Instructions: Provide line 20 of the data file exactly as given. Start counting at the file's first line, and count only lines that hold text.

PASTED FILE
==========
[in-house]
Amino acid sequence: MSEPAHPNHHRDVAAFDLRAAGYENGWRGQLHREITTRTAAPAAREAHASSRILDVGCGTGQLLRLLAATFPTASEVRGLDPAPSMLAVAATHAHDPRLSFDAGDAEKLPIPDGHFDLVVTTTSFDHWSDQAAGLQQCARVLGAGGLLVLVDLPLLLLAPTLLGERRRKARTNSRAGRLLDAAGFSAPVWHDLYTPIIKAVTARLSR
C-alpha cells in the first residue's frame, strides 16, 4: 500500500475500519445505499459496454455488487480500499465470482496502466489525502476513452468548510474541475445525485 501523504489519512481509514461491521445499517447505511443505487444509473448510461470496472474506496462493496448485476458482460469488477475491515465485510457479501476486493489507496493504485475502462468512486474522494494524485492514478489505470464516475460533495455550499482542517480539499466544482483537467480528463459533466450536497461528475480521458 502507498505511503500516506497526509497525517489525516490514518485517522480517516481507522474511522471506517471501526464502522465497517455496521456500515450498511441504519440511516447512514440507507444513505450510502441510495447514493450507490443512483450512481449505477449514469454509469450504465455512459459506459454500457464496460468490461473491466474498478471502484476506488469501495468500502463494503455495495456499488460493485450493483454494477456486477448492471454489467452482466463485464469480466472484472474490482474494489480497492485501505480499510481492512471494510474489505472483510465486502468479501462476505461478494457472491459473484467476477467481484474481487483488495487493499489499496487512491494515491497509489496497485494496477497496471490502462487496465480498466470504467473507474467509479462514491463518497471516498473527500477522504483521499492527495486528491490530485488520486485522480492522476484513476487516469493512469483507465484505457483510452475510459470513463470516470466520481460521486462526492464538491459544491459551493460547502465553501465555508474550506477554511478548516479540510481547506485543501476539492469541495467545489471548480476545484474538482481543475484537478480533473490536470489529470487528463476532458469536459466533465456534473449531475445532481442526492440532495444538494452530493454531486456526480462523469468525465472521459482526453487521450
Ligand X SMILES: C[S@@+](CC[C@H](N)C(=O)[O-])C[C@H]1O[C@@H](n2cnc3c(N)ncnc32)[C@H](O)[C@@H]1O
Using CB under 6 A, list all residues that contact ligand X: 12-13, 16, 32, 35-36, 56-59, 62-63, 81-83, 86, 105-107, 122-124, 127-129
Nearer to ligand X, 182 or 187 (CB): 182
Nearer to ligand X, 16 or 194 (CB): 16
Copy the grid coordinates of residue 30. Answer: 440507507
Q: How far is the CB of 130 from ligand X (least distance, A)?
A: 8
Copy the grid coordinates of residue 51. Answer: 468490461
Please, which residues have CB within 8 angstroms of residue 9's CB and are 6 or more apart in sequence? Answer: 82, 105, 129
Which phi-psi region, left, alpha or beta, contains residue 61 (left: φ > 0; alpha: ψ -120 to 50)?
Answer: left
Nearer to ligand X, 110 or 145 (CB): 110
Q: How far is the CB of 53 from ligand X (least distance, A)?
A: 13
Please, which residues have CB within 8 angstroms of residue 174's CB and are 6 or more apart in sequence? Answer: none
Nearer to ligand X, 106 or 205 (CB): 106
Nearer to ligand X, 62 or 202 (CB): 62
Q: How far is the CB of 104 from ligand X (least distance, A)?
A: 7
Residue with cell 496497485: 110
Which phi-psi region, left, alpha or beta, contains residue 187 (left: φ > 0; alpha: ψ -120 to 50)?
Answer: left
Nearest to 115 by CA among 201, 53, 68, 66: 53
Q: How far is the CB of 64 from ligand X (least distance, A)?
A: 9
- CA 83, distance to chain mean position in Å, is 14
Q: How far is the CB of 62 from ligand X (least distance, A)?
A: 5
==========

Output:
Nearer to ligand X, 62 or 202 (CB): 62